How does GDPR affect my Shopify store?
GDPR is upon us. On May 25th 2018, the General Data Protection Regulation (GDPR) will take effect.
The GDPR is the European Union’s new data privacy law. It impacts how all companies, big and small, collect and handle personal data about their customers. Shopify has been working to fully comply with GDPR rules the moment it takes effect, so merchants will be able to use the platform in a way that complies with the GDPR from the outset.
What has Shopify already done to prepare for GDPR?
The Shopify team has been hard at work preparing for the GDPR for a while. So far:
- They’ve updated Terms of Service for all merchants to automatically include a Data Processing Addendum governing how they process the personal data of European customers.
- They’ve updated marketing opt-in to allow merchants to set it up as unchecked for their store, and also allowed merchants to tie abandoned cart notifications to whether the customer has opted into marketing.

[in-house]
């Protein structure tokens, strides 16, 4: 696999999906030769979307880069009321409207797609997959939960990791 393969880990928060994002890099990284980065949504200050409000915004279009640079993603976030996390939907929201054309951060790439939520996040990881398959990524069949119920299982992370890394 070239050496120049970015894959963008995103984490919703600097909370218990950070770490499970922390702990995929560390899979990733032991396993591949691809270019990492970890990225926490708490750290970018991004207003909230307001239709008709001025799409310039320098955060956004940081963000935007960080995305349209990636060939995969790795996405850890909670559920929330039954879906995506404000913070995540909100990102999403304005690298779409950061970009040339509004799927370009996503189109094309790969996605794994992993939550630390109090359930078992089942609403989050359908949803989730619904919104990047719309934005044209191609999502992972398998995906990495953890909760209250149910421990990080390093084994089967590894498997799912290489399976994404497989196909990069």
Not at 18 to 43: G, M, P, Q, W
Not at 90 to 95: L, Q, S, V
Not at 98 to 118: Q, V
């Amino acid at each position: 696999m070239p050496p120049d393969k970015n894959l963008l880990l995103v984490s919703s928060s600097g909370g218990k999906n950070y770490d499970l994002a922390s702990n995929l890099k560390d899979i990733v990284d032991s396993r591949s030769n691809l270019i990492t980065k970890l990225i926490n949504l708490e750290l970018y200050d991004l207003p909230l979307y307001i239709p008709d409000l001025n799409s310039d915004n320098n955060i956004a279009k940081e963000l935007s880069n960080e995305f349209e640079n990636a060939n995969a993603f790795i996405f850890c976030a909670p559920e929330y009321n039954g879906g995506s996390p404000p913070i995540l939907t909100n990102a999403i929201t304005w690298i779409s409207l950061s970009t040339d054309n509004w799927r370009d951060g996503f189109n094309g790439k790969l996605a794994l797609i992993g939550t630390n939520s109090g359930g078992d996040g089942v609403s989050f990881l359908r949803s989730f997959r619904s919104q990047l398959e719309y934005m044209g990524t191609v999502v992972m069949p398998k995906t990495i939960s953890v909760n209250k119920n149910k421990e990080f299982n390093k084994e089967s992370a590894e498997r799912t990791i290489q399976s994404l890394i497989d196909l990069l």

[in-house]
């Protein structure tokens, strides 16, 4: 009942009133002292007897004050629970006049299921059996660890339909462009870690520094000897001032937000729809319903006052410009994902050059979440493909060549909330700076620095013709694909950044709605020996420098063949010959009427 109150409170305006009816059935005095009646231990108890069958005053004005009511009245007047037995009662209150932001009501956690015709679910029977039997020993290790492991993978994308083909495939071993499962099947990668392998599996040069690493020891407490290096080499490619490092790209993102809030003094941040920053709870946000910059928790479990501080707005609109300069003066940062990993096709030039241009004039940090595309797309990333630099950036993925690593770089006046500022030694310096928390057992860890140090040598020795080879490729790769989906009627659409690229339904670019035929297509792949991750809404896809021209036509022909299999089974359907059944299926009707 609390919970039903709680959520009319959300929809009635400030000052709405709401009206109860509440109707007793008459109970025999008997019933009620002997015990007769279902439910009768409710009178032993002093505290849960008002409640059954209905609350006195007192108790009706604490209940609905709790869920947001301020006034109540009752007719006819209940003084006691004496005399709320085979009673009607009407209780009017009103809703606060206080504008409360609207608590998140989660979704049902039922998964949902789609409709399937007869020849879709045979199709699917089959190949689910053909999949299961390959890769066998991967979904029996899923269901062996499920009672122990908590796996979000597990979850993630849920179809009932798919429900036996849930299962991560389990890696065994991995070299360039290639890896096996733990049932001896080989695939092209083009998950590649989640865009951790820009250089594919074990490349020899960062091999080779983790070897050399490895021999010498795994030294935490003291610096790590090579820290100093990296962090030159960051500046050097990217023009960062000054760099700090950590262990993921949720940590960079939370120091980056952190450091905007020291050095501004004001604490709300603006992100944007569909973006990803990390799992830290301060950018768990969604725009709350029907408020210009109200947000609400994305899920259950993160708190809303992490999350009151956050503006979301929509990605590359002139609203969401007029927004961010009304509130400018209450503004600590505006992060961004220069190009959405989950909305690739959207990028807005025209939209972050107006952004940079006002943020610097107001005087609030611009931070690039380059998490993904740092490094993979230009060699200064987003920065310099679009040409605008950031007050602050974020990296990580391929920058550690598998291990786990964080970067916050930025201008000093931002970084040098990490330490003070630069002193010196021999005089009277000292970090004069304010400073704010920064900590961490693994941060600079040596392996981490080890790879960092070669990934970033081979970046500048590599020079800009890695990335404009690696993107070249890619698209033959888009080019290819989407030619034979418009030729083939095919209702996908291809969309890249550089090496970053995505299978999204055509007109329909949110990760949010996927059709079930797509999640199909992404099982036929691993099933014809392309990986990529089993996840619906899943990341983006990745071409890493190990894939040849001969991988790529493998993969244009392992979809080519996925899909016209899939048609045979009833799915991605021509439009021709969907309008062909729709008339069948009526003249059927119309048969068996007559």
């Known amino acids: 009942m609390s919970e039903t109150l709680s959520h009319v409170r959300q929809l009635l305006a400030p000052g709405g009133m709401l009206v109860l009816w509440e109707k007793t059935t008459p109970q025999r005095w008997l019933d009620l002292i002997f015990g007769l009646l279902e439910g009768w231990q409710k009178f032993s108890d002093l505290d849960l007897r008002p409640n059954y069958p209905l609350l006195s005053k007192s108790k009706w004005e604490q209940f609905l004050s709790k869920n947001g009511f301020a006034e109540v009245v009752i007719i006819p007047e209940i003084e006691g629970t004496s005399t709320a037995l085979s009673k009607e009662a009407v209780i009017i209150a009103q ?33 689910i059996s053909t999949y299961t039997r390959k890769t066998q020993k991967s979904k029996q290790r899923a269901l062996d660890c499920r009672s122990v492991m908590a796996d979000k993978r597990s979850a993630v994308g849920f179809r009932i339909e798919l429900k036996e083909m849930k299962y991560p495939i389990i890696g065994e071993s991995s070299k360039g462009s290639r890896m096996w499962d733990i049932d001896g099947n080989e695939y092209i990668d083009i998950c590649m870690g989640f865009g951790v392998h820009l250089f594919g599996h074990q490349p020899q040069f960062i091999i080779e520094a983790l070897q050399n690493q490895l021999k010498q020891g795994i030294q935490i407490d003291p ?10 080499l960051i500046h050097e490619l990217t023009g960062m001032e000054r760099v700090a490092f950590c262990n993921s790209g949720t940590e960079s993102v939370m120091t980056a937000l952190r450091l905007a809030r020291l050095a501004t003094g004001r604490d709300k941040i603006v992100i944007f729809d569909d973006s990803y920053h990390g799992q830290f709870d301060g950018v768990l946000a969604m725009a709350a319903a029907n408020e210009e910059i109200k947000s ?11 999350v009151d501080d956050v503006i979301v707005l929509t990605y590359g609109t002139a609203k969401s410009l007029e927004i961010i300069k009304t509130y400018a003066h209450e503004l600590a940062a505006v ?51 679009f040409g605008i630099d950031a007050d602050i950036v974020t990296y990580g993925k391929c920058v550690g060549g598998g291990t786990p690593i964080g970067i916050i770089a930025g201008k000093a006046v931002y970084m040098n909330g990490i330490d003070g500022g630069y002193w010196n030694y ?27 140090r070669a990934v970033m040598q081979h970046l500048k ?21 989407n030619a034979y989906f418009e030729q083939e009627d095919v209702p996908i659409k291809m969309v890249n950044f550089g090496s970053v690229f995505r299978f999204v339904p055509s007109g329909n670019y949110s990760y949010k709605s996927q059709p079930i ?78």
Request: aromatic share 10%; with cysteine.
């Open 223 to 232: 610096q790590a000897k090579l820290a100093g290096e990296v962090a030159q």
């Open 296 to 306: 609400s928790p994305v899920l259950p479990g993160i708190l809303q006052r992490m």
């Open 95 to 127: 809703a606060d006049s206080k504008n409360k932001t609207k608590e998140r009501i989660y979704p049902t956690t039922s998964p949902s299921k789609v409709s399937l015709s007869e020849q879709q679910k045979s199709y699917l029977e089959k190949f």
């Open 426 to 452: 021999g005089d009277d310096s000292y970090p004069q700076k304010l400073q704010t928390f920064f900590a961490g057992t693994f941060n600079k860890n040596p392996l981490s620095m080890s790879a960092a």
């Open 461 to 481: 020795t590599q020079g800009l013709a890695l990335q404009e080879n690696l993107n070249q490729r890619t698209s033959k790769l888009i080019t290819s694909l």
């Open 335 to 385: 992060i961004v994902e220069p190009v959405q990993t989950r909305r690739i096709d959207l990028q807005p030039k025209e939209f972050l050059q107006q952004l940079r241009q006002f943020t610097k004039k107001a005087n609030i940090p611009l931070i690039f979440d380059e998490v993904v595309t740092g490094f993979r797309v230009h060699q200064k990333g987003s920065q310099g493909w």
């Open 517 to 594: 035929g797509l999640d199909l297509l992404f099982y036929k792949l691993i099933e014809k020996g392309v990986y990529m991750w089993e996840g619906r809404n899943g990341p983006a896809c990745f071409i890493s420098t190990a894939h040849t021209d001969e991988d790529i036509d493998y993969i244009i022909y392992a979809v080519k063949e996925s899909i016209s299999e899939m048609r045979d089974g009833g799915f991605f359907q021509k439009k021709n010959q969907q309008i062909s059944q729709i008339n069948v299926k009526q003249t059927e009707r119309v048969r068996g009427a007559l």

- They’ve prepared a whitepaper to explain how they’re approaching certain legal requirements under GDPR.
And what’s new for developers building on Shopify?
By May 25th, for developers, Shopify will have:
- Provided a template for Privacy Policies that includes some of the information merchants will need to know to ensure that usage of your app complies with GDPR.
- Updated the platform to allow merchants to request access to all of the personal information that they hold about a particular customer.
- Updated the platform to allow merchants to request that Shopify and all installed apps delete specific customer records upon request, and/or upon uninstall of an app.
- Plans to releasing two mandatory webhooks for all apps, through which we will notify installed apps when a merchant requests personal data deletion - which will need to be connected to with these webhooks to delete information as required by merchants.
If you have any additional questions or concerns around how GDPR affects your business specifically, it’s important to remember it’s a legal framework, not a technical or creative one - so we’d always recommend seeking legal advice.